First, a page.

I was diagnosed with cancer at 25, and underwent multiple rounds of chemotherapy and was out of work for some months. I was working at a small software company ~25 people. Outside of the advice that has already been given, I was very glad everyone around me so understanding and willing to help. When I say willing to help, I mean people can really rally together. I took paid my vacation and short term disability, and my employer continued to cover my insurance and hold a position open for me without ever asking when I was coming back. They never gave up on me, and I wouldn't expect any less of your employer. Once you have a diagnosis, the doctors and nurses can really help point you in some good directions if you need any financial or insurance assistance. Also, don't be afraid to ask questions. Write down questions and answers, write down prescriptions, doctors orders, ect. Don't be afraid to lean on those that care about you and ask if you need help (not financially, but with tasks, errands, or just to hang out).


It's difficult to imagine the shock and stress your must be carrying on you shoulders at the moment.

- Keep doing whatever you are doing, normally. Nothing changes in the routine.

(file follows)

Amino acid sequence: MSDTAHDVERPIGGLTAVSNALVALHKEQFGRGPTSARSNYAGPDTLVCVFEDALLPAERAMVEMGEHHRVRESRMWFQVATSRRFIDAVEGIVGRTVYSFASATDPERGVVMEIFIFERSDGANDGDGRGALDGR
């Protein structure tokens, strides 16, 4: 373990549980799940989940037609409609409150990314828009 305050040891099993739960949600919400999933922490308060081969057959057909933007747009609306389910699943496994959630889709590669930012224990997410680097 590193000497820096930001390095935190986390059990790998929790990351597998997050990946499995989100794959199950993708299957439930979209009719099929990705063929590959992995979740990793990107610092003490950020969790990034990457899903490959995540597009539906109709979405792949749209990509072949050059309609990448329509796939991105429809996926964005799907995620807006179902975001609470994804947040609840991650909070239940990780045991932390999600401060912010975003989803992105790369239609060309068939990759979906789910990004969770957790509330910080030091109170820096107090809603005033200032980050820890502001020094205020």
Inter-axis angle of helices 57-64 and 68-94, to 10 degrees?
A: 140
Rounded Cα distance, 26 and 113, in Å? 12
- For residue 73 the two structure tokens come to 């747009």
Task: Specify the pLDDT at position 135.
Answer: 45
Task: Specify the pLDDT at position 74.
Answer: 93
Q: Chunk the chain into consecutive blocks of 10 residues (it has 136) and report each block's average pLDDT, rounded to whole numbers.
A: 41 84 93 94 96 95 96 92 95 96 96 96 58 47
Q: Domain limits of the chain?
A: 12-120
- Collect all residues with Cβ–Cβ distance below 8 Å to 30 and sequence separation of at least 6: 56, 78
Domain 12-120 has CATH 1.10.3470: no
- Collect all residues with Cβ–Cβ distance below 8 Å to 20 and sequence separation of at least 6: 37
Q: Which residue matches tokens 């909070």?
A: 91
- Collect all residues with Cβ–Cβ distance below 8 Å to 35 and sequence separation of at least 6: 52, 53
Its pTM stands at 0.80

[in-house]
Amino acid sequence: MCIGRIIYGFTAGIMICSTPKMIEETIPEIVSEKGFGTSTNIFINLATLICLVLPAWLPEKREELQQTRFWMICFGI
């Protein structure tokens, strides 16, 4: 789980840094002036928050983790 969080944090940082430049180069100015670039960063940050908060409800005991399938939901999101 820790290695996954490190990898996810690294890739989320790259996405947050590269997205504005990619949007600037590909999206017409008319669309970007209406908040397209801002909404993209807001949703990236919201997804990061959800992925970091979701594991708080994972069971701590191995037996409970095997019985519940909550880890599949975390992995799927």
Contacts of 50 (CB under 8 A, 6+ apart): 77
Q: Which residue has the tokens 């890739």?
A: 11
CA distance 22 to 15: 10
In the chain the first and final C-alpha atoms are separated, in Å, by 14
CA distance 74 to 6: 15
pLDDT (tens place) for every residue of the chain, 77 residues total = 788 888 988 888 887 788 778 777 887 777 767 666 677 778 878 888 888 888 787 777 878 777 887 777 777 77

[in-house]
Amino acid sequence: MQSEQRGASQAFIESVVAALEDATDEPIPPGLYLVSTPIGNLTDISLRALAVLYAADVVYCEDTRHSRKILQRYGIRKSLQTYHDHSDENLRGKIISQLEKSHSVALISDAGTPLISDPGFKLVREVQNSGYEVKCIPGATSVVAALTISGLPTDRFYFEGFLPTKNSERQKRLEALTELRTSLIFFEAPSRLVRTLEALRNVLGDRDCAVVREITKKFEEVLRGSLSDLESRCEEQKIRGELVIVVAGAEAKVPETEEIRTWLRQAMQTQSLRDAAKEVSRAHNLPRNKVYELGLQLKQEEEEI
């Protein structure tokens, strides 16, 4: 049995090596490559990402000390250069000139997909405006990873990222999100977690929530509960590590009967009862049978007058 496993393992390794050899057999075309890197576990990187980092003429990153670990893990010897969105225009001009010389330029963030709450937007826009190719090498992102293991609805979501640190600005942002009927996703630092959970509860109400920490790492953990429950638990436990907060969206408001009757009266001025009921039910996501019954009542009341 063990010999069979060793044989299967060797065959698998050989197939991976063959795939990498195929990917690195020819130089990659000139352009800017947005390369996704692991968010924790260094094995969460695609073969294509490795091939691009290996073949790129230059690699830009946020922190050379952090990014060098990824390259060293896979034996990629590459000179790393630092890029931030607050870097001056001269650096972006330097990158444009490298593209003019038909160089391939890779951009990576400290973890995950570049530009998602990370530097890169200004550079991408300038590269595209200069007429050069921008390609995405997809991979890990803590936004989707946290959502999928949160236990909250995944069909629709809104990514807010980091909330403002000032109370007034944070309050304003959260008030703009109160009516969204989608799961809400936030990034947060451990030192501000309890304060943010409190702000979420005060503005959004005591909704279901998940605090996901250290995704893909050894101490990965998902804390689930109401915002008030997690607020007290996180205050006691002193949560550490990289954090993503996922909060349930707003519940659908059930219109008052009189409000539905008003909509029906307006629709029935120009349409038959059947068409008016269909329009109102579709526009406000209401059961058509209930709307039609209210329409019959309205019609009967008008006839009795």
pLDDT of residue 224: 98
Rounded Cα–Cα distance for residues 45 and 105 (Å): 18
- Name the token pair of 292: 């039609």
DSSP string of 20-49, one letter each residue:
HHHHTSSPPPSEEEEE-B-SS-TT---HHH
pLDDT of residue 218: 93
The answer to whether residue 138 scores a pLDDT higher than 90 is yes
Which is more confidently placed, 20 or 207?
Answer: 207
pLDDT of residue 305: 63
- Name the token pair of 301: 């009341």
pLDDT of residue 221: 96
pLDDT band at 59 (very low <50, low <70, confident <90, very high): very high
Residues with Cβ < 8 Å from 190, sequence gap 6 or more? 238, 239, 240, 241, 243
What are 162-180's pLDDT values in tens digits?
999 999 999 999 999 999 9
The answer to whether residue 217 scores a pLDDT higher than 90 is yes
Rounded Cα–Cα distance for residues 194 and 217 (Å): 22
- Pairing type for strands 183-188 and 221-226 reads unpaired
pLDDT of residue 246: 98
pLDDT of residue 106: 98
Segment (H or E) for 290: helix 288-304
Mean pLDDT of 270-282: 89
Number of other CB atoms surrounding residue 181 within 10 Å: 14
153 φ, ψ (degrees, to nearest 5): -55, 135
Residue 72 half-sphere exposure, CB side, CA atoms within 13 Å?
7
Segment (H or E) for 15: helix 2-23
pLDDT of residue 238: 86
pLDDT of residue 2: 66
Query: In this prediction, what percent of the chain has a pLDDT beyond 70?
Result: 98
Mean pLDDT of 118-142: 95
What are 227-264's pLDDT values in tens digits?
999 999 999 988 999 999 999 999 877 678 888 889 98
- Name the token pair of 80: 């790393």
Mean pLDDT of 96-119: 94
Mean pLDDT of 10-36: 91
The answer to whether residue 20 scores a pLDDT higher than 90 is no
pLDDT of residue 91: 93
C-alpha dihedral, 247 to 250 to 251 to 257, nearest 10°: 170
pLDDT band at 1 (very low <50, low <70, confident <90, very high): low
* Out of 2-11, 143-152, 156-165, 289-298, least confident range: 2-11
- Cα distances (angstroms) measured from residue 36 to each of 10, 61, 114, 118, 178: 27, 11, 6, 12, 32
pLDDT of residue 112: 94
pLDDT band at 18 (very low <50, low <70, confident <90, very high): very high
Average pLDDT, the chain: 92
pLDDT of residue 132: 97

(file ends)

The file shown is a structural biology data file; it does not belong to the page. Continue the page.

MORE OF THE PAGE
- Change only things that will affect your mental and physical health positively. Seek professional counseling and familial moral support.

- Will to live. I cannot stress how important this one is. One of my acquaintances, given 15 - 30 days by doctors in his early 40s, survived 25 years, married off his children, retired from government job at 58, and lived peaceful later years. I personally think his will to live was the primary factor.

- Solitude has healing properties, but don't isolate yourself generally. Try to stay in the company of people who make you happy and calm and stay away from people who constantly keep talking about your predicament in a way that will bring your mood down.

- Start treatment, as soon as possible.

My prayers with you!


First off, wait for final results. I know more than one person (including my wife) that had a scare like this and it turned out to be benign. It really doesn't have to be cancer.

Second, if you do get bad news, don't change anything. Be honest with your employer, and go on with your life. At your age, chances are you'll be able to continue working through the treatment and long after that. It's unlikely that your company's premiums will go up, but that shouldn't concern you.

Third, if you do get bad news, ask the doctor for a professional to talk to. At your age, you need some guidance and perspective from someone you trust.


Do not worry about your job or feel guilty for being ill. Recovering will help your company. Find an Oncologist that has treated this specific type of cancer 100s of times if not 1000s. THIS is key to getting a good outcome. Like engineers doctors are not interchangeable. Their level of experience makes a hugh difference. See https://medium.com/backchannel/should-surgeons-keep-score-8b... This is true for things other than surgery. Good luck